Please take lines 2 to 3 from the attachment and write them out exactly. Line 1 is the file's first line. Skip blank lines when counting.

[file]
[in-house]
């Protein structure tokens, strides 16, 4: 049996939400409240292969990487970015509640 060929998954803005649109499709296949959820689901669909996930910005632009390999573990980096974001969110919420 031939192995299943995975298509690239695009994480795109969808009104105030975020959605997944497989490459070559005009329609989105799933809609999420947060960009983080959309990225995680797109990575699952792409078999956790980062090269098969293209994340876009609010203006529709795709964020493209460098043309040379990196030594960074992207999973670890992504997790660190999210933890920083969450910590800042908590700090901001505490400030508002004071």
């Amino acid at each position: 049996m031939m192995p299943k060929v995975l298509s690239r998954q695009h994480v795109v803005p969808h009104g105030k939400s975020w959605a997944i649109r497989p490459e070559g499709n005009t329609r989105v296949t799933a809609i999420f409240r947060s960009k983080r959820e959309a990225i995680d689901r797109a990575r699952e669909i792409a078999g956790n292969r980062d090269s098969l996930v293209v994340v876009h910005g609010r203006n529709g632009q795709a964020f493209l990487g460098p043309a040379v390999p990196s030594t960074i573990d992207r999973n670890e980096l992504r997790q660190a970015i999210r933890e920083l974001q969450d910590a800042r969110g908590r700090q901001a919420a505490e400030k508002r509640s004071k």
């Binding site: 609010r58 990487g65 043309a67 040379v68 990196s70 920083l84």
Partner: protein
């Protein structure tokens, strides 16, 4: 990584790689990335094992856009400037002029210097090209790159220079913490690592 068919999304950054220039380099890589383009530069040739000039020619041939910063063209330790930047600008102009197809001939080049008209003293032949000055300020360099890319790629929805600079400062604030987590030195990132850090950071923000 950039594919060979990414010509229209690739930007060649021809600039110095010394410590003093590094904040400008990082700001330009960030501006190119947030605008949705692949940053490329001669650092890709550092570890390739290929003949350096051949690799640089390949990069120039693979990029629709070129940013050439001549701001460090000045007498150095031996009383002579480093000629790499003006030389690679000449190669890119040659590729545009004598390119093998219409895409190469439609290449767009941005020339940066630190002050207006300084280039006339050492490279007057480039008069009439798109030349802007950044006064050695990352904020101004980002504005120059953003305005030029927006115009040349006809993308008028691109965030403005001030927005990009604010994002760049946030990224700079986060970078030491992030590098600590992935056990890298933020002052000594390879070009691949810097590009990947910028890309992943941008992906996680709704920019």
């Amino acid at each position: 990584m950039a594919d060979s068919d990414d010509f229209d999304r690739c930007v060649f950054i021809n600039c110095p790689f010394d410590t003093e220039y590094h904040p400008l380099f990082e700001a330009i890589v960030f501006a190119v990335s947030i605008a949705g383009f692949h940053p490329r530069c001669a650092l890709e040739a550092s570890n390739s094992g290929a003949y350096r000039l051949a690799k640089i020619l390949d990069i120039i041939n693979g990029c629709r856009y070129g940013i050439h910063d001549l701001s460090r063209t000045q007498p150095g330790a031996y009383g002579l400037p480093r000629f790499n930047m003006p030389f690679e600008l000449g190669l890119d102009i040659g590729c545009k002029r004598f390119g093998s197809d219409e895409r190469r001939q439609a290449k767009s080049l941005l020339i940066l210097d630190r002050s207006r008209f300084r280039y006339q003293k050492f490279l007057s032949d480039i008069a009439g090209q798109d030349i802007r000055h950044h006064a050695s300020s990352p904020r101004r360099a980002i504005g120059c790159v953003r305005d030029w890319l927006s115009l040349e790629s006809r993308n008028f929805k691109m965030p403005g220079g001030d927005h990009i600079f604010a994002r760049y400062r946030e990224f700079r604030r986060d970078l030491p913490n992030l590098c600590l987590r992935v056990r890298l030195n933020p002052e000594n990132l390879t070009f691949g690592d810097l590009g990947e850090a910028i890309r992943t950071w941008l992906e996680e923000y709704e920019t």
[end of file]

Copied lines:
């Protein structure tokens, strides 16, 4: 049996939400409240292969990487970015509640 060929998954803005649109499709296949959820689901669909996930910005632009390999573990980096974001969110919420 031939192995299943995975298509690239695009994480795109969808009104105030975020959605997944497989490459070559005009329609989105799933809609999420947060960009983080959309990225995680797109990575699952792409078999956790980062090269098969293209994340876009609010203006529709795709964020493209460098043309040379990196030594960074992207999973670890992504997790660190999210933890920083969450910590800042908590700090901001505490400030508002004071």
């Amino acid at each position: 049996m031939m192995p299943k060929v995975l298509s690239r998954q695009h994480v795109v803005p969808h009104g105030k939400s975020w959605a997944i649109r497989p490459e070559g499709n005009t329609r989105v296949t799933a809609i999420f409240r947060s960009k983080r959820e959309a990225i995680d689901r797109a990575r699952e669909i792409a078999g956790n292969r980062d090269s098969l996930v293209v994340v876009h910005g609010r203006n529709g632009q795709a964020f493209l990487g460098p043309a040379v390999p990196s030594t960074i573990d992207r999973n670890e980096l992504r997790q660190a970015i999210r933890e920083l974001q969450d910590a800042r969110g908590r700090q901001a919420a505490e400030k508002r509640s004071k």